It is important, Mr. Deputy Speaker, to recognize, as we face this amendment repealing this provision, that all the authorities consulted by the Public Accounts Committee were unanimous that this particular provision in its existing form was unnecessary. It was unnecessary because no one had sought the information. The Treasury observer came before the committee and could give no evidence at all of any inquiries made to the Treasury as to those lists submitted by all departments and referred to by the Auditor-General in his annual report.

The Treasury observer also advised the committee regarding the keeping within departments of registers of accounts. We were interested to find that the registers of accounts maintained, which were always under the scrutiny of the Auditor-General's representatives, were, in effect, a list of every account or claim made upon a department. It is interesting to quote from the report of the committee on this point. It says, referring to the representative of the Treasury -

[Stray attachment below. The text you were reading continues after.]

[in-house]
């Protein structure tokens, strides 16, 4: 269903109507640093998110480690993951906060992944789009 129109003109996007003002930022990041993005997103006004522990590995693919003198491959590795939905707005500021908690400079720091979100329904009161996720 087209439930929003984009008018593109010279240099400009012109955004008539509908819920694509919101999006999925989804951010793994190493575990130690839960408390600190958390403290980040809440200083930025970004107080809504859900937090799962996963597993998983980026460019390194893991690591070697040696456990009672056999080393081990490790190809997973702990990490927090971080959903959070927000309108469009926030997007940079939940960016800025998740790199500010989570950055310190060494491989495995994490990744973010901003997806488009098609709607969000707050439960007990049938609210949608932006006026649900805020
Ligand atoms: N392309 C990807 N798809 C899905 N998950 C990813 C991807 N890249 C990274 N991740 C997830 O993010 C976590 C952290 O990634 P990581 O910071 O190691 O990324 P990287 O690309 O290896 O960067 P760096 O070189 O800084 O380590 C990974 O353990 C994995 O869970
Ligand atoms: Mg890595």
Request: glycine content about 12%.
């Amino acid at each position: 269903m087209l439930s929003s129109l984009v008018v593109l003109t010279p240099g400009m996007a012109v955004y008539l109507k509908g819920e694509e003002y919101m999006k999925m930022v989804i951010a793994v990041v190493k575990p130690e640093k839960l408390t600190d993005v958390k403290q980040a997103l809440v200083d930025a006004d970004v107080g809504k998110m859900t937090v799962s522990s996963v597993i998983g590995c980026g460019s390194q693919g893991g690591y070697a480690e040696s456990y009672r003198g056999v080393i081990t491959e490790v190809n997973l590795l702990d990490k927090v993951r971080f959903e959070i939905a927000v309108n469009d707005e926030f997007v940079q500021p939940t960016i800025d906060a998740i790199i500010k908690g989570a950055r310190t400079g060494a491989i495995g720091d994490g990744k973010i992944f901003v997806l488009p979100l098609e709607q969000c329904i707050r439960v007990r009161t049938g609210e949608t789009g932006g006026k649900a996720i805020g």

He did not think that the departmental statements of outstanding claims had any value administratively and explained that departments were required to keep a Register of Accounts which contained, in chronological order of receipt in the department, claims received for payment;

The evidence that we received on that point indicated that here, in a standardized form, was the information which virtually was being repeated at the end of each financial year.

The Deputy Leader of the Opposition (Mr. Whitlam) spoke as if the interests of the Parliament were not being fully considered. In the forty-sixth report of the Public Accounts Committee the specific interests of the Parliament were stressed. I think it should be recognized by the House that this statutory committee is a parliamentary committee and that its reports, in every case, must be tabled in this House. Perhaps it is wise for it to be enunciated again that this committee is the custodian of the Parliament's interest in many fields of activity. In chapter V. of its report, setting out its conclusions, and particularly and specifically referring to this amendment, the committee said -